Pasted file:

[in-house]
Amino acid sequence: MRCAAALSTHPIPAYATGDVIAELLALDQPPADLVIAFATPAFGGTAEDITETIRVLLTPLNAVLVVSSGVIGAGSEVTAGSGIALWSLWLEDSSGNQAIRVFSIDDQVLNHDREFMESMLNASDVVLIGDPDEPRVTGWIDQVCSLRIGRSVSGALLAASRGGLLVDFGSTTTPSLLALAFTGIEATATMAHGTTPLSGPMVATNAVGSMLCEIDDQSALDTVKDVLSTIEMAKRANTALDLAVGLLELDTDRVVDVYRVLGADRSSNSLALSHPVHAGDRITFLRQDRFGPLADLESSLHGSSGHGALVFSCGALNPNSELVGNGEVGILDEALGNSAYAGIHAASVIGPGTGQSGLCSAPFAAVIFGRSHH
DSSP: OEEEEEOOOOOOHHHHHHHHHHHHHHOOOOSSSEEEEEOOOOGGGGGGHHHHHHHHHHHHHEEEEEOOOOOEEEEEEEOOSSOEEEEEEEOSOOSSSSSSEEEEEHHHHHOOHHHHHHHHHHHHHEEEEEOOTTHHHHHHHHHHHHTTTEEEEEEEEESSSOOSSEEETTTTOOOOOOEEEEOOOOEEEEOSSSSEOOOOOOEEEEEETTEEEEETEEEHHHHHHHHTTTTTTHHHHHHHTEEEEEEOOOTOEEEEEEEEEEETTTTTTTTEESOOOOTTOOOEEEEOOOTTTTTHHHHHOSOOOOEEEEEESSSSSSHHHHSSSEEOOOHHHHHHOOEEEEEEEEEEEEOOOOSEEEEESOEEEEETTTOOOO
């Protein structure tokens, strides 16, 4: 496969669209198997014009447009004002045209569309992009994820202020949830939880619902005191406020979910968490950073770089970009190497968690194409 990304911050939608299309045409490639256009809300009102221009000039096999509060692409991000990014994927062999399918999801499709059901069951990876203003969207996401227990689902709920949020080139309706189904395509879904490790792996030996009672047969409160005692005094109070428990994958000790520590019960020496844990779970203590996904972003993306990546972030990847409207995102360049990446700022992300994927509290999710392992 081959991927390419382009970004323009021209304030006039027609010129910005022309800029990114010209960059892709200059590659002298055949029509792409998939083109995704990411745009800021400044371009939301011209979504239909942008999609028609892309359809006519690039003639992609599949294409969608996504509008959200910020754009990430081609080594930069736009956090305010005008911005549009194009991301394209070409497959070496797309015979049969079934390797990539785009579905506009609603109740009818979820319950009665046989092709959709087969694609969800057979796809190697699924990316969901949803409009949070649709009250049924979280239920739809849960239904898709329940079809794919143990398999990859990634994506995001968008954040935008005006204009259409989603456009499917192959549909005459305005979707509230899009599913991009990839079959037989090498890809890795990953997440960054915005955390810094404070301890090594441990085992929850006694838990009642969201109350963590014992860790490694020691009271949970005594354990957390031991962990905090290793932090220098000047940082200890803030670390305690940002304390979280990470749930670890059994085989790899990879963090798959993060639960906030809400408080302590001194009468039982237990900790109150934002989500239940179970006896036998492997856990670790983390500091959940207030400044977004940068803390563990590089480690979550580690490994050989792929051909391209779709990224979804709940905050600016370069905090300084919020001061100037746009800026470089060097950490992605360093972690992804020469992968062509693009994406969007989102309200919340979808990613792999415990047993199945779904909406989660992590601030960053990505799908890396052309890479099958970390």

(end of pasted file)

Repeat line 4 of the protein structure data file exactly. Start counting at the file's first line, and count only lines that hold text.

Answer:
């Protein structure tokens, strides 16, 4: 496969669209198997014009447009004002045209569309992009994820202020949830939880619902005191406020979910968490950073770089970009190497968690194409 990304911050939608299309045409490639256009809300009102221009000039096999509060692409991000990014994927062999399918999801499709059901069951990876203003969207996401227990689902709920949020080139309706189904395509879904490790792996030996009672047969409160005692005094109070428990994958000790520590019960020496844990779970203590996904972003993306990546972030990847409207995102360049990446700022992300994927509290999710392992 081959991927390419382009970004323009021209304030006039027609010129910005022309800029990114010209960059892709200059590659002298055949029509792409998939083109995704990411745009800021400044371009939301011209979504239909942008999609028609892309359809006519690039003639992609599949294409969608996504509008959200910020754009990430081609080594930069736009956090305010005008911005549009194009991301394209070409497959070496797309015979049969079934390797990539785009579905506009609603109740009818979820319950009665046989092709959709087969694609969800057979796809190697699924990316969901949803409009949070649709009250049924979280239920739809849960239904898709329940079809794919143990398999990859990634994506995001968008954040935008005006204009259409989603456009499917192959549909005459305005979707509230899009599913991009990839079959037989090498890809890795990953997440960054915005955390810094404070301890090594441990085992929850006694838990009642969201109350963590014992860790490694020691009271949970005594354990957390031991962990905090290793932090220098000047940082200890803030670390305690940002304390979280990470749930670890059994085989790899990879963090798959993060639960906030809400408080302590001194009468039982237990900790109150934002989500239940179970006896036998492997856990670790983390500091959940207030400044977004940068803390563990590089480690979550580690490994050989792929051909391209779709990224979804709940905050600016370069905090300084919020001061100037746009800026470089060097950490992605360093972690992804020469992968062509693009994406969007989102309200919340979808990613792999415990047993199945779904909406989660992590601030960053990505799908890396052309890479099958970390």